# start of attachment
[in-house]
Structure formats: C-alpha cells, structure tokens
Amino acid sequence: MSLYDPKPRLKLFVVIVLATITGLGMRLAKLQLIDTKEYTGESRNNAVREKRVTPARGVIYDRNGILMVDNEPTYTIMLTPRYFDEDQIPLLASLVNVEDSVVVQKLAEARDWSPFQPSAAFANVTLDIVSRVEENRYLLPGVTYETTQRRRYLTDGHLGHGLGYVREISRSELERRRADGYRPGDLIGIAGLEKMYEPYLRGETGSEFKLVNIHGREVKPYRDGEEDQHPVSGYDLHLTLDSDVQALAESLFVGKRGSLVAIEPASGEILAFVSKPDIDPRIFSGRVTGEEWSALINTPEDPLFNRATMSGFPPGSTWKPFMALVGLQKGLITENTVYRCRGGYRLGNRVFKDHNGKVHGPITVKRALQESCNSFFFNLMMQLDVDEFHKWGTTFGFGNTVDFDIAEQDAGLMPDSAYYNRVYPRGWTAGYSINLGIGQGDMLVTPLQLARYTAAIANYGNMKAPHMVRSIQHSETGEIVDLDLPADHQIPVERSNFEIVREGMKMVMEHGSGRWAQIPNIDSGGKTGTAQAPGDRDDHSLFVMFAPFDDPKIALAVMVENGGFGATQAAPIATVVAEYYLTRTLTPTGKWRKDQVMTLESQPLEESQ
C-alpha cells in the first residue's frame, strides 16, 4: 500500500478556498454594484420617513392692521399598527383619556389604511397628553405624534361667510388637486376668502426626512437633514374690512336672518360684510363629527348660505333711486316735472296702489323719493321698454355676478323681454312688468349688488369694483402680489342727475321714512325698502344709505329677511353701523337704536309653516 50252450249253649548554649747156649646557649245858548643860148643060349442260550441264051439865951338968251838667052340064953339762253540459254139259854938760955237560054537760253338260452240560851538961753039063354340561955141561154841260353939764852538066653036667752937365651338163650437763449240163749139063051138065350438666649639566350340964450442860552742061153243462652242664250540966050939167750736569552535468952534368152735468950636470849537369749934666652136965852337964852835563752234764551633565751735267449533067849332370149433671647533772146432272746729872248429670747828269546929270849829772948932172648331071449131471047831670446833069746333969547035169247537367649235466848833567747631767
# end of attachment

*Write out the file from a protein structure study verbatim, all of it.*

[in-house]
Structure formats: C-alpha cells, structure tokens
Amino acid sequence: MSLYDPKPRLKLFVVIVLATITGLGMRLAKLQLIDTKEYTGESRNNAVREKRVTPARGVIYDRNGILMVDNEPTYTIMLTPRYFDEDQIPLLASLVNVEDSVVVQKLAEARDWSPFQPSAAFANVTLDIVSRVEENRYLLPGVTYETTQRRRYLTDGHLGHGLGYVREISRSELERRRADGYRPGDLIGIAGLEKMYEPYLRGETGSEFKLVNIHGREVKPYRDGEEDQHPVSGYDLHLTLDSDVQALAESLFVGKRGSLVAIEPASGEILAFVSKPDIDPRIFSGRVTGEEWSALINTPEDPLFNRATMSGFPPGSTWKPFMALVGLQKGLITENTVYRCRGGYRLGNRVFKDHNGKVHGPITVKRALQESCNSFFFNLMMQLDVDEFHKWGTTFGFGNTVDFDIAEQDAGLMPDSAYYNRVYPRGWTAGYSINLGIGQGDMLVTPLQLARYTAAIANYGNMKAPHMVRSIQHSETGEIVDLDLPADHQIPVERSNFEIVREGMKMVMEHGSGRWAQIPNIDSGGKTGTAQAPGDRDDHSLFVMFAPFDDPKIALAVMVENGGFGATQAAPIATVVAEYYLTRTLTPTGKWRKDQVMTLESQPLEESQ
C-alpha cells in the first residue's frame, strides 16, 4: 500500500478556498454594484420617513392692521399598527383619556389604511397628553405624534361667510388637486376668502426626512437633514374690512336672518360684510363629527348660505333711486316735472296702489323719493321698454355676478323681454312688468349688488369694483402680489342727475321714512325698502344709505329677511353701523337704536309653516 50252450249253649548554649747156649646557649245858548643860148643060349442260550441264051439865951338968251838667052340064953339762253540459254139259854938760955237560054537760253338260452240560851538961753039063354340561955141561154841260353939764852538066653036667752937365651338163650437763449240163749139063051138065350438666649639566350340964450442860552742061153243462652242664250540966050939167750736569552535468952534368152735468950636470849537369749934666652136965852337964852835563752234764551633565751735267449533067849332370149433671647533772146432272746729872248429670747828269546929270849829772948932172648331071449131471047831670446833069746333969547035169247537367649235466848833567747631767